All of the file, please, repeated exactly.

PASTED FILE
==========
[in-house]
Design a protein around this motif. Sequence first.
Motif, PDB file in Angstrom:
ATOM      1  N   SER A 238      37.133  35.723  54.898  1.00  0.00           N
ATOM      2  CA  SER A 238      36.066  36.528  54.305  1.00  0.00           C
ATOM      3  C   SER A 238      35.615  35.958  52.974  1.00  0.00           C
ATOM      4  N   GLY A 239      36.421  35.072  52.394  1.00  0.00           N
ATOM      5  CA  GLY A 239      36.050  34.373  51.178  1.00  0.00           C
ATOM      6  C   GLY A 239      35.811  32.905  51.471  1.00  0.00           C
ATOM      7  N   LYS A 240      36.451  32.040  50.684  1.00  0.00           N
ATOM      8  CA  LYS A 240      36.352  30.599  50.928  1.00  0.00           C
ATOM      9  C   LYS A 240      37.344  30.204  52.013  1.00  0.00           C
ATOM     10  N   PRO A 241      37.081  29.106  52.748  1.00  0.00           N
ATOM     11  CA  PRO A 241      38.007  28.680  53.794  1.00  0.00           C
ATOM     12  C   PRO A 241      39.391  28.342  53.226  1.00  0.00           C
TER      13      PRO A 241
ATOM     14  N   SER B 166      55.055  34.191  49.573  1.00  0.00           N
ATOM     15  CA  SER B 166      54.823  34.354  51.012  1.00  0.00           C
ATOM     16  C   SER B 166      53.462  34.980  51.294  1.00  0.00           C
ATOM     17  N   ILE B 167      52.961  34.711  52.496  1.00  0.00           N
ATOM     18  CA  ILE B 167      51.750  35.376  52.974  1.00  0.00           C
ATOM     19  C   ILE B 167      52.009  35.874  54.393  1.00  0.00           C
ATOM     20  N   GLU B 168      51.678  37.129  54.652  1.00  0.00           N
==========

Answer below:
[in-house]
Design a protein around this motif. Sequence first.
Motif, PDB file in Angstrom:
ATOM      1  N   SER A 238      37.133  35.723  54.898  1.00  0.00           N
ATOM      2  CA  SER A 238      36.066  36.528  54.305  1.00  0.00           C
ATOM      3  C   SER A 238      35.615  35.958  52.974  1.00  0.00           C
ATOM      4  N   GLY A 239      36.421  35.072  52.394  1.00  0.00           N
ATOM      5  CA  GLY A 239      36.050  34.373  51.178  1.00  0.00           C
ATOM      6  C   GLY A 239      35.811  32.905  51.471  1.00  0.00           C
ATOM      7  N   LYS A 240      36.451  32.040  50.684  1.00  0.00           N
ATOM      8  CA  LYS A 240      36.352  30.599  50.928  1.00  0.00           C
ATOM      9  C   LYS A 240      37.344  30.204  52.013  1.00  0.00           C
ATOM     10  N   PRO A 241      37.081  29.106  52.748  1.00  0.00           N
ATOM     11  CA  PRO A 241      38.007  28.680  53.794  1.00  0.00           C
ATOM     12  C   PRO A 241      39.391  28.342  53.226  1.00  0.00           C
TER      13      PRO A 241
ATOM     14  N   SER B 166      55.055  34.191  49.573  1.00  0.00           N
ATOM     15  CA  SER B 166      54.823  34.354  51.012  1.00  0.00           C
ATOM     16  C   SER B 166      53.462  34.980  51.294  1.00  0.00           C
ATOM     17  N   ILE B 167      52.961  34.711  52.496  1.00  0.00           N
ATOM     18  CA  ILE B 167      51.750  35.376  52.974  1.00  0.00           C
ATOM     19  C   ILE B 167      52.009  35.874  54.393  1.00  0.00           C
ATOM     20  N   GLU B 168      51.678  37.129  54.652  1.00  0.00           N